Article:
How to Grow Houseplants in Water (Hydroculture)

Did you know that you don't have to grow your houseplants in dirt? Essentially the dirt is just the medium holding the plant up and allowing the roots to pull nutrients through moisture. You can throw out the dirt, insects, and disease along with it! Many houseplants grow very nicely in a simple double pot with a simple water solution, sometimes called passive hydroponics. In hydroculture, special pebbles rather than dirt hold up the plant's stem and roots.


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    Preparation - gather all materials at the kitchen sink including:
    • Plant or rooted cuttings
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    • Clay-fired pebbles
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    • Inner pot with slots
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    • Water level indicator
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    • Outer pot
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    Rinse the clay-fired pebbles to remove dust and minute pebble particles.
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    Rooted cuttings – skip to step 5
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    Transplanting from dirt - remove the plant from its dirt pot. Hold the plant at the base near the dirt and gently wiggle it out, dirt and all. Tapping the pot might help free the plant. Remove the dirt from the plant. Knock off loose dirt clumps. Hold under gently running tap water at room temperature to rinse off the remainder of the dirt. Trim off dead or extra roots.
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    Plant the plant. Cover the bottom of the inner pot with pebbles, about an inch. Place the plant on the pebbles, and spread out roots. Hold in place with one hand while pouring more pebbles around the plant roots up to the base. Tap the container to settle the pebbles, and then rinse under room temperature running tap water.
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    Finish and feed the plant. Place the inner container in the outer container, and fill the pot with nutrient solution until the water level indicator shows its full enough.
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    Then put in a room set at 65-74 degrees.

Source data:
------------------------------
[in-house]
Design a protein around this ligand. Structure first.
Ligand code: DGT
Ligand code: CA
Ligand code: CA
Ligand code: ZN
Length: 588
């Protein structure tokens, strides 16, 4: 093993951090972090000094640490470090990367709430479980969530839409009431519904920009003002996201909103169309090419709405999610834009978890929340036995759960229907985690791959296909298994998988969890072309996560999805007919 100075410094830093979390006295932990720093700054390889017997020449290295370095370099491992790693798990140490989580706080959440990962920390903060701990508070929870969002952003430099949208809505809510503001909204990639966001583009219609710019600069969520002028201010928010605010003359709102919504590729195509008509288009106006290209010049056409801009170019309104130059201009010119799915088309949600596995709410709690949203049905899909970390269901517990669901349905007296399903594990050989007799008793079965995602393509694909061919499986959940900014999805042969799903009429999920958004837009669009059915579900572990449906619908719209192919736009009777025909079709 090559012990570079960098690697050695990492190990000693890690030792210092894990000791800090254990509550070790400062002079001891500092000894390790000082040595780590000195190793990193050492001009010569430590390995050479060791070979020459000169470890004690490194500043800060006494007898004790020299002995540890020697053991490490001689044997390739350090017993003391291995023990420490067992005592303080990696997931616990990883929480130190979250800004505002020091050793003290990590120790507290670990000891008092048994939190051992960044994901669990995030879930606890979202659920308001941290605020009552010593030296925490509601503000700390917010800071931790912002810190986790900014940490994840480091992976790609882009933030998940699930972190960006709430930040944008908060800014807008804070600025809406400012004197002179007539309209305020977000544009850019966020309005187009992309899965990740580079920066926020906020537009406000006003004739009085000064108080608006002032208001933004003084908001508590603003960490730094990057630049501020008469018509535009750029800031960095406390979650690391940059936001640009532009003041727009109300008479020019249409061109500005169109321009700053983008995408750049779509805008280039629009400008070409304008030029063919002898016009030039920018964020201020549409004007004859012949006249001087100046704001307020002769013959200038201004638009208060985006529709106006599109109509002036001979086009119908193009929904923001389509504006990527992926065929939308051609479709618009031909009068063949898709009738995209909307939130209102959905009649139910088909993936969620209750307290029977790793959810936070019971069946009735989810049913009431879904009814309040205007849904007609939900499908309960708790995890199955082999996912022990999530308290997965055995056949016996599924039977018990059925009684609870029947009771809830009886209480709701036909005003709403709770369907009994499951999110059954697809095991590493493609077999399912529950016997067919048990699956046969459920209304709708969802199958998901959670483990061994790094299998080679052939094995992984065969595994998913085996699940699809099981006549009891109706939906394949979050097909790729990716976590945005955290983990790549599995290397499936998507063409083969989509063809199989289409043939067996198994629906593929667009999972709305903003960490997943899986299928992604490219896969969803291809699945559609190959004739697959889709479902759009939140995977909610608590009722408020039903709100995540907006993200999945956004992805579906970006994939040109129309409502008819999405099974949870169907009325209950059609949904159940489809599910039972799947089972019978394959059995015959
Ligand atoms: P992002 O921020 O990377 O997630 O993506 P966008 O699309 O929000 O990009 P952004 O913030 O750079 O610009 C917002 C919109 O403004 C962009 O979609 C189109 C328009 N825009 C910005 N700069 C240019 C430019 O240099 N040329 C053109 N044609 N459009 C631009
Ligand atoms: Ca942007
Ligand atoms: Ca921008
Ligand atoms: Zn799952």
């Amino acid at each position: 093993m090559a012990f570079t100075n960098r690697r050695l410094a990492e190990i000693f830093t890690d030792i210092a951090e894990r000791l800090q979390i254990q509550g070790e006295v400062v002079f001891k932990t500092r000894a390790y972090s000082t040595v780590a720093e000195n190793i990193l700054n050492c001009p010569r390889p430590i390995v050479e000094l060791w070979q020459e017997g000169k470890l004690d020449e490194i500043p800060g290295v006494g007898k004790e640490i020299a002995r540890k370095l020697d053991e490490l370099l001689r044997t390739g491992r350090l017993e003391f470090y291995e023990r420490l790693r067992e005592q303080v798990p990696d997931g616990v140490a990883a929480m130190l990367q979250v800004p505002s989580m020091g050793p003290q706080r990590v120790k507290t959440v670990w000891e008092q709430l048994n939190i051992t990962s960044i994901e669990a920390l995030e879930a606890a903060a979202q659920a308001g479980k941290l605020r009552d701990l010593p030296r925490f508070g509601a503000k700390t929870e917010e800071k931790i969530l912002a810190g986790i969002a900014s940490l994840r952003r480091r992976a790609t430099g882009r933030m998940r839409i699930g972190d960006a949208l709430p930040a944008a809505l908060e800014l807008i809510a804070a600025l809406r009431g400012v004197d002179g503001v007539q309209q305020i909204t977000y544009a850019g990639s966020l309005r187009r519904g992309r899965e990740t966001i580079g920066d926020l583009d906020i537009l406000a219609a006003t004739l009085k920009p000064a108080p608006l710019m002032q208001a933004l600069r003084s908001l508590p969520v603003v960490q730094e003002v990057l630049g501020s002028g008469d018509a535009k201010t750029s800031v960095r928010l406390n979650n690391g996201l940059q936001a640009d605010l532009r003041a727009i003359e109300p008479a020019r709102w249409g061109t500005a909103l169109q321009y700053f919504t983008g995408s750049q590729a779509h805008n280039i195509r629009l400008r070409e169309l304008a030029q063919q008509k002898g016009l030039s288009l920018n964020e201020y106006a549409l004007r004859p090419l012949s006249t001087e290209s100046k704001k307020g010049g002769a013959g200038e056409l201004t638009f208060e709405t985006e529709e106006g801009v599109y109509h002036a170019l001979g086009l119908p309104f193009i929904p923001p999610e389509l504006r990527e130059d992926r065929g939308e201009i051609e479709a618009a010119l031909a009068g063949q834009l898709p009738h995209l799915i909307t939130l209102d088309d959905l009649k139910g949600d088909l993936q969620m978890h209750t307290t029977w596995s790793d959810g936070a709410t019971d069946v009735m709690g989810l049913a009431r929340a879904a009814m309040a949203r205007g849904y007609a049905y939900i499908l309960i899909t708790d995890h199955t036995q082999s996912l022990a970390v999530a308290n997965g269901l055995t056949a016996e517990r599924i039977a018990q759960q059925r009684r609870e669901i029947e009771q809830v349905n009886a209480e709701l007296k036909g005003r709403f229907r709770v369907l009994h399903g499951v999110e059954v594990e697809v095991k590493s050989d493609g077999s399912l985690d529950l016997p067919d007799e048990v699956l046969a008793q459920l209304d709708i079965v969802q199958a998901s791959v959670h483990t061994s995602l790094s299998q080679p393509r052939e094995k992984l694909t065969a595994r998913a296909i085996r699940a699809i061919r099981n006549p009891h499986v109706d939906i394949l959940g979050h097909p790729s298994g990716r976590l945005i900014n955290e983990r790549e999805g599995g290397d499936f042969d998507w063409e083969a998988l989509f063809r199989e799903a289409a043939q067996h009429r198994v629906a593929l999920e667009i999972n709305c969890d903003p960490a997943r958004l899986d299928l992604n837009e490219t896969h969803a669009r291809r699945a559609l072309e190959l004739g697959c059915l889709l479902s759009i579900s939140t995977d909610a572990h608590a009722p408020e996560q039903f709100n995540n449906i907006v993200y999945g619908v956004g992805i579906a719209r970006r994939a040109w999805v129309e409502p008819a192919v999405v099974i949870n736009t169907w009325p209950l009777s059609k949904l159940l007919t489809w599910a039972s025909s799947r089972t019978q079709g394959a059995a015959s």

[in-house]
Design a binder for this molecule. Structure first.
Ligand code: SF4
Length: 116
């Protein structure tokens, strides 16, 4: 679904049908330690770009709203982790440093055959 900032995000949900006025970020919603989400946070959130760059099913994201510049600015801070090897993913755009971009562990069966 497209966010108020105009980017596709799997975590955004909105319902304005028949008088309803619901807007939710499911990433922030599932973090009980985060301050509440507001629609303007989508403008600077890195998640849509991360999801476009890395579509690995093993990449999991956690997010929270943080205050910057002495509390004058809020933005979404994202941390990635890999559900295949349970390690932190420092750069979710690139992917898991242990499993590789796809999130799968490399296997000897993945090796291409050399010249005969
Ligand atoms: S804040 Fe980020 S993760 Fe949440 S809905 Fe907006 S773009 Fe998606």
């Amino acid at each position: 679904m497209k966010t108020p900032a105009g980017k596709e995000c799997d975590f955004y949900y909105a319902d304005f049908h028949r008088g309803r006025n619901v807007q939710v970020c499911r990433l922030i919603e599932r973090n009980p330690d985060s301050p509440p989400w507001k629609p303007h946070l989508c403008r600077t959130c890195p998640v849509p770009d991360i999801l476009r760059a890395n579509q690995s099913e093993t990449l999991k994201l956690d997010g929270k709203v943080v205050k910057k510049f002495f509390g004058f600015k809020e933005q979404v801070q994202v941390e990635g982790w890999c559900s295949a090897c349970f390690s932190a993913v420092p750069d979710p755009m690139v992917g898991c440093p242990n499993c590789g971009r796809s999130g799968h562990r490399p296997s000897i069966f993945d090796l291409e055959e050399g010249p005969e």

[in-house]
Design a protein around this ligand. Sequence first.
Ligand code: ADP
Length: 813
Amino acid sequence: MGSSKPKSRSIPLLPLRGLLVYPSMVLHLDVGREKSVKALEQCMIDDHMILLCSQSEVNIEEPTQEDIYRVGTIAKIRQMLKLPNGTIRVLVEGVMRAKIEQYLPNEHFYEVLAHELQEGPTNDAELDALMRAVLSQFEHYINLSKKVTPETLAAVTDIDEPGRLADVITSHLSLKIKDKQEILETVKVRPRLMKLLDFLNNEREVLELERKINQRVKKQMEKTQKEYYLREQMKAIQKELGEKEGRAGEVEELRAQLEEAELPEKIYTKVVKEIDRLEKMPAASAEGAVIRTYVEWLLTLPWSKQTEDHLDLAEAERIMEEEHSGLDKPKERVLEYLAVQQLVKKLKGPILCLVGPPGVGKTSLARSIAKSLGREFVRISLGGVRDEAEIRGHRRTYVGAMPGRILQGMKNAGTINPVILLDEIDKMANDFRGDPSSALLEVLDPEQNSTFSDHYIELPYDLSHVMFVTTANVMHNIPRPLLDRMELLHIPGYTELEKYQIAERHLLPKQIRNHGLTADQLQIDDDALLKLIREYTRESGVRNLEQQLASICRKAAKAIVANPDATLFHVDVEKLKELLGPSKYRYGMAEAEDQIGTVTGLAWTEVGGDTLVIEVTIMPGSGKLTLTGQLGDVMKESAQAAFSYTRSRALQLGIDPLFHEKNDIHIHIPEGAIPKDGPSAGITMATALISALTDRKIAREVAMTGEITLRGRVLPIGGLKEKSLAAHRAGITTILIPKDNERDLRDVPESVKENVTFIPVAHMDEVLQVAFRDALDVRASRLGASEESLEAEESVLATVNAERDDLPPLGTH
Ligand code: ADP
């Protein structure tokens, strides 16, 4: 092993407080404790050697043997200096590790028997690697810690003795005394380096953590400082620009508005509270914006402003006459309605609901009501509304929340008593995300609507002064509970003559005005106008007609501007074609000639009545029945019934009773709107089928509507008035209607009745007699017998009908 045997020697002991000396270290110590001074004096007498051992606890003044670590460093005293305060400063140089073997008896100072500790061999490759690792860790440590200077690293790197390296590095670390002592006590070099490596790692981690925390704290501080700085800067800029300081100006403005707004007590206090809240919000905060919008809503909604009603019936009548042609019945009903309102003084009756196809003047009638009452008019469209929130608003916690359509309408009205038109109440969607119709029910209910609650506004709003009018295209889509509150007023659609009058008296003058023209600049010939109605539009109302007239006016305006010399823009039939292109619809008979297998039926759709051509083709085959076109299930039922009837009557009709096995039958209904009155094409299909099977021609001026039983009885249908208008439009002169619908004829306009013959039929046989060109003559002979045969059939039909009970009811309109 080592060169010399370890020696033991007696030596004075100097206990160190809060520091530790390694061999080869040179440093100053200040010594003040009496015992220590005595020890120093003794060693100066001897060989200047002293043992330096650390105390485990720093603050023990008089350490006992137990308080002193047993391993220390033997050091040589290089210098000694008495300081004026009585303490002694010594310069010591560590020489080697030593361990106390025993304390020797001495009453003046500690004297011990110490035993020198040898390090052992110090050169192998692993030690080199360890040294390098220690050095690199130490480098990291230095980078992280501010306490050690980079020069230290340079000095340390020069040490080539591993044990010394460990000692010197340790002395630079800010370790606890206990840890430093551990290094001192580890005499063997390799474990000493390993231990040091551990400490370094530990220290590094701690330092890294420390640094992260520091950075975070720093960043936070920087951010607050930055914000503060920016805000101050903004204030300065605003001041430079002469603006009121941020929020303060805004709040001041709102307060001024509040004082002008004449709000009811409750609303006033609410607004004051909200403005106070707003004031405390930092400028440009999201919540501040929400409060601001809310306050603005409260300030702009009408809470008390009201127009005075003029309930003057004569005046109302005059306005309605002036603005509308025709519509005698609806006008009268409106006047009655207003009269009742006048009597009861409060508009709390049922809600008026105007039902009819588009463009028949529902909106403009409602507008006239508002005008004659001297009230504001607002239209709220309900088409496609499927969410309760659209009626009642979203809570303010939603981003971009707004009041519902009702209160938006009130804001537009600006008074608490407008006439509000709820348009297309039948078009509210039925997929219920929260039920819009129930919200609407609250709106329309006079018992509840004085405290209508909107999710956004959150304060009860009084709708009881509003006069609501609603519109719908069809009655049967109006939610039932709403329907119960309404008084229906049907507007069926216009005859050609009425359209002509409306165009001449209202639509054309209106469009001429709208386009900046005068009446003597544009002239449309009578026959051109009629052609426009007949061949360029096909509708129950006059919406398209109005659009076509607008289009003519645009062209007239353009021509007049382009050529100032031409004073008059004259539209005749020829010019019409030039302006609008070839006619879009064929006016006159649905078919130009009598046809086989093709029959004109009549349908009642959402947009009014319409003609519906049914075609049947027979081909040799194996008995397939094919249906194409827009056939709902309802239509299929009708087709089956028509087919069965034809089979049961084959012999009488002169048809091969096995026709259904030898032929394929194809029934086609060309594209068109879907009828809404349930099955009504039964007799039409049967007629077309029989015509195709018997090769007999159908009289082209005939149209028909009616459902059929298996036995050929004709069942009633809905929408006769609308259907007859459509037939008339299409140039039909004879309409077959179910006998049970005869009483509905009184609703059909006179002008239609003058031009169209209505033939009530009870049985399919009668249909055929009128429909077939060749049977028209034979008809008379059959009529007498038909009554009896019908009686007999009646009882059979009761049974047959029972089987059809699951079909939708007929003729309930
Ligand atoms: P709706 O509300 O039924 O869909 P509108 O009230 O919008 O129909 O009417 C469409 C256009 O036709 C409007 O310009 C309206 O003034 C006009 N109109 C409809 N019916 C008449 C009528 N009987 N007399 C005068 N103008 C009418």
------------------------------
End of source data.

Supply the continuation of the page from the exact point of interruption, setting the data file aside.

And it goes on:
• Many plants do well in hydroculture, including cacti and succulents. Don’t be afraid to experiment.
  • The Pothos vine is about as easy to grow, and as easy to root cuttings in water as can be. Start with a Pothos plant.
  • When transplanting from dirt, a dry plant is easier to work with.
  • You can enjoy hydroculture houseplants without ever playing in the dirt. Buy pre-planted, or plant water rooted cuttings.
  • Touching roots is ok, but touch gently please.
  • Plants that were originally rooted in water seem to do well in hydroculture.
  • Consider buying a pre-planted hydroculture plant to have as a model before you do your first transplant.
  • You can substitute a more decorative outer pot for the plain ones that come in kits, but make sure it is not a lot bigger than the inner pot.


  • Do not keep topping off the water to maintain the full level. The plants do much better if the water level is allowed to drop to or below the fill level before refilling.
  • Don’t skip the water level indicator and try to measure by eye. The trick to hydroculture is that with the indicator you cannot over water or under water.
  • The nutrients aren’t especially dangerous but don’t store them where children can reach.

Things You'll Need

  • Water – tap water is generally fine.
  • Nutrients – can be ordered with potting materials and then mixed with water.
  • The plant - many houseplants take nicely to the hydroculture process.
  • Pebbles - For hydroculture we use clay-fired pebbles that come in several sizes, from pea size to grape size.
  • Inner pot - the pebbles sit in an inner pot that has slits for water access. The inner pot also has a slot for a water level indicator.
  • Water level indicator - a simple float tells you when the pot needs water (lowest level), and when you have enough liquid (upper level).
  • Outer pot - the inner pot sits in a decorative non-porous pot that is slightly larger.
  • Kit – kits are available with everything you need to get started.

Sources and Citations

Article Info

Categories: Hydroponics